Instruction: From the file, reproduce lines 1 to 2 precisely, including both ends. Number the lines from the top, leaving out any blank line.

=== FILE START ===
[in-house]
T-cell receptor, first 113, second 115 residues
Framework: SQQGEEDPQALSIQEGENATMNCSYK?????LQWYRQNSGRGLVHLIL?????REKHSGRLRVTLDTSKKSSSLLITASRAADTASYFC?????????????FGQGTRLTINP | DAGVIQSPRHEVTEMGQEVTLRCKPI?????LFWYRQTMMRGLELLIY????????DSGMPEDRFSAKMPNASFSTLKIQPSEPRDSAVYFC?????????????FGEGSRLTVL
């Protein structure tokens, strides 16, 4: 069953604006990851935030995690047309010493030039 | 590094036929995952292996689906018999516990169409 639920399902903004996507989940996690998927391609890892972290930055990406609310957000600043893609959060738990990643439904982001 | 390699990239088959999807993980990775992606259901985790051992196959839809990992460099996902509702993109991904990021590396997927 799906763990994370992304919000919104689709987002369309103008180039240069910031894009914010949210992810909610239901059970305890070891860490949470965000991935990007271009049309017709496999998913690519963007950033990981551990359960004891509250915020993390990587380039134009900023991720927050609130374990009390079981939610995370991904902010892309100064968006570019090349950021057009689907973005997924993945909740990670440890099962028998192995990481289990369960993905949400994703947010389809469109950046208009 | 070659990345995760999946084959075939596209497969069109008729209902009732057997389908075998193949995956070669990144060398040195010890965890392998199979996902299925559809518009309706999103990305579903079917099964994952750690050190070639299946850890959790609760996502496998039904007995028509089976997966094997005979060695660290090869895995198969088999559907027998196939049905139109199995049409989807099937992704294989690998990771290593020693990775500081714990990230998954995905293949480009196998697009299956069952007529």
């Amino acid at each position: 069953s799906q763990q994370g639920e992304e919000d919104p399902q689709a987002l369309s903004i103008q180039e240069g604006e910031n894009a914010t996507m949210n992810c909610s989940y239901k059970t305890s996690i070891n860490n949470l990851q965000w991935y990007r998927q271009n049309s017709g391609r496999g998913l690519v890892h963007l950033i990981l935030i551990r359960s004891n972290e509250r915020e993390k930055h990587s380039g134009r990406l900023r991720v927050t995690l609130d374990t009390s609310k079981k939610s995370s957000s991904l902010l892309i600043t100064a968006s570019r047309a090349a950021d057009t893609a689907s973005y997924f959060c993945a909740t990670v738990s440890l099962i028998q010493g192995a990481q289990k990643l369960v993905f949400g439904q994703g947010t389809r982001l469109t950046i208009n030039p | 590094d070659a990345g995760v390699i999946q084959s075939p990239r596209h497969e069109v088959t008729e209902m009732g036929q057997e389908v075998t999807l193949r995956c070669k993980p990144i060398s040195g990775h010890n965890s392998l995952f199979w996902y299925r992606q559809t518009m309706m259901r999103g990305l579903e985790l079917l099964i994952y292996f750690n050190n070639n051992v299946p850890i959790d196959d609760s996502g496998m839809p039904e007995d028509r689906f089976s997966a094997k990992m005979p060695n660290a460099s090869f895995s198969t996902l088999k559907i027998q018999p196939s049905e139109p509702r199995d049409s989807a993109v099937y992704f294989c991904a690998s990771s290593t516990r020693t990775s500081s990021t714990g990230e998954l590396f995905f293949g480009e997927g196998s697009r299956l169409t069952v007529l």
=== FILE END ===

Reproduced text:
[in-house]
T-cell receptor, first 113, second 115 residues